The tree too spotted the sparrow on a safe perch just in time to utter these words before disappearing from sight: ‘This was certain to happen. Now you know…’

End

 

 

 

Source: facebook.com/shasty.rathnam

A Grade – 1 Question?

Someone asked, “Why do we have brakes in a car”?

Varied answers were received, like:
‘To stop’,
‘To reduce speed’,
‘To avoid collision’…

but the best answer was,
‘To enable you to drive faster.’

Likewise a friendly tap on your shoulder from family, friend or a well-wisher is often   not so much as to discourage as for you to pause, reassess and move faster,…

End

Source: Adapted from drpuneetagrawal.blogspot.in.

The Tiger And The Fox

A fox who lived in the deep forest of long ago had lost its front legs. No one knew how, perhaps escaping from a trap. A man who lived on the edge of the forest , seeing the fox from time to time, wondered how in the world it managed to get its food. One day when the fox was not far from him he had to hide himself quickly because a tiger was approaching. The tiger had fresh game in its claws. Lying down on the ground, it ate its fill, leaving the rest for the fox.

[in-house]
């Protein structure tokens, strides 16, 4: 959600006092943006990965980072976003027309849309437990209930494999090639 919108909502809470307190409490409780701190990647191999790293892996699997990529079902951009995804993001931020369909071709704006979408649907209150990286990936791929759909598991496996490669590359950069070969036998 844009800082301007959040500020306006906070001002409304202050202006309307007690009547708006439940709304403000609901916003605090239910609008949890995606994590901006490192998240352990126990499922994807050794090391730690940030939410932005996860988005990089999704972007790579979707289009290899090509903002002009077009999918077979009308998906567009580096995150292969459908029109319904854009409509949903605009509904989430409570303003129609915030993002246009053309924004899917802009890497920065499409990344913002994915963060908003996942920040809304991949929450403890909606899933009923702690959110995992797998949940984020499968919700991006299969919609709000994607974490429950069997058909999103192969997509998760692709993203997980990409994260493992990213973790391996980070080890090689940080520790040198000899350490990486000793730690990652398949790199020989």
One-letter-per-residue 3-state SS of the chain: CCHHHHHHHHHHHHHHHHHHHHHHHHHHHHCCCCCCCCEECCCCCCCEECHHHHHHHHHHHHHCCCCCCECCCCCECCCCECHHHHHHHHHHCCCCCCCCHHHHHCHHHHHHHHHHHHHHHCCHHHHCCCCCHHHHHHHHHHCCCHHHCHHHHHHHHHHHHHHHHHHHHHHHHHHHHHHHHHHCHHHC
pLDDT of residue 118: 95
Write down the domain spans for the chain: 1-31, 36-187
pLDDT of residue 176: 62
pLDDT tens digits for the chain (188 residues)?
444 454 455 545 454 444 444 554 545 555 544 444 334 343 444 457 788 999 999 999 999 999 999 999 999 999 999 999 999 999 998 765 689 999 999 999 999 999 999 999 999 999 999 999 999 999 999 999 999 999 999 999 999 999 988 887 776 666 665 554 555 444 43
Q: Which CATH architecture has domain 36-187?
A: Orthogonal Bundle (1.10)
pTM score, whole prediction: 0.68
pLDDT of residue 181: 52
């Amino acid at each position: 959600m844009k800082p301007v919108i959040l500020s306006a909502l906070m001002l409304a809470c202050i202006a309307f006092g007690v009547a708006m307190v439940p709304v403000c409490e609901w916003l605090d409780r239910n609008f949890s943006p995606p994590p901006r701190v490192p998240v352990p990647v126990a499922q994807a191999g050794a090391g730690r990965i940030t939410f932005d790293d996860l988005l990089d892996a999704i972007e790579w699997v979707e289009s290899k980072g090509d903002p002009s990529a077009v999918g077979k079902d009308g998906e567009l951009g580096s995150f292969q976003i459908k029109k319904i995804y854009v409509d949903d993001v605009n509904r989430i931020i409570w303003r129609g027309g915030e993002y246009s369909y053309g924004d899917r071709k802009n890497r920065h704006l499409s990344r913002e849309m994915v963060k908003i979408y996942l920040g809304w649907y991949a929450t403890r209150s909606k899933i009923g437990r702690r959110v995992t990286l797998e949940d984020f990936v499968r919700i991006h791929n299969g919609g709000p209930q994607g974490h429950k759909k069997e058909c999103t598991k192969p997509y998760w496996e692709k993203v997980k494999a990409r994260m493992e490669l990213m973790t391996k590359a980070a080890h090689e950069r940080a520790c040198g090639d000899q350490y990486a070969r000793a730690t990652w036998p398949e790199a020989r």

Again the next day the great Provider of this world sent provisions to the fox by this same tiger. The man began to think: “If this fox is taken care of in this mysterious way, its food sent by some unseen Higher Power, why don’t I just rest in a corner and have my daily meal provided for me?”

Because he had a lot of faith, he let the days pass, waiting for food. Nothing happened. He just went on losing weight and strength until he was nearly a skeleton. Close to losing consciousness, he heard a Voice which said:

“O you, who have mistaken the way, see now the Truth! Instead of imitating the disabled fox, you should have followed the example of that tiger .”

End

Source: Massud Farzan from spiritual-short-stories.com

A Tale Of Two Guru’s

There was this Raja passing through the forest with his an entourage of loyal courtiers and bodyguards.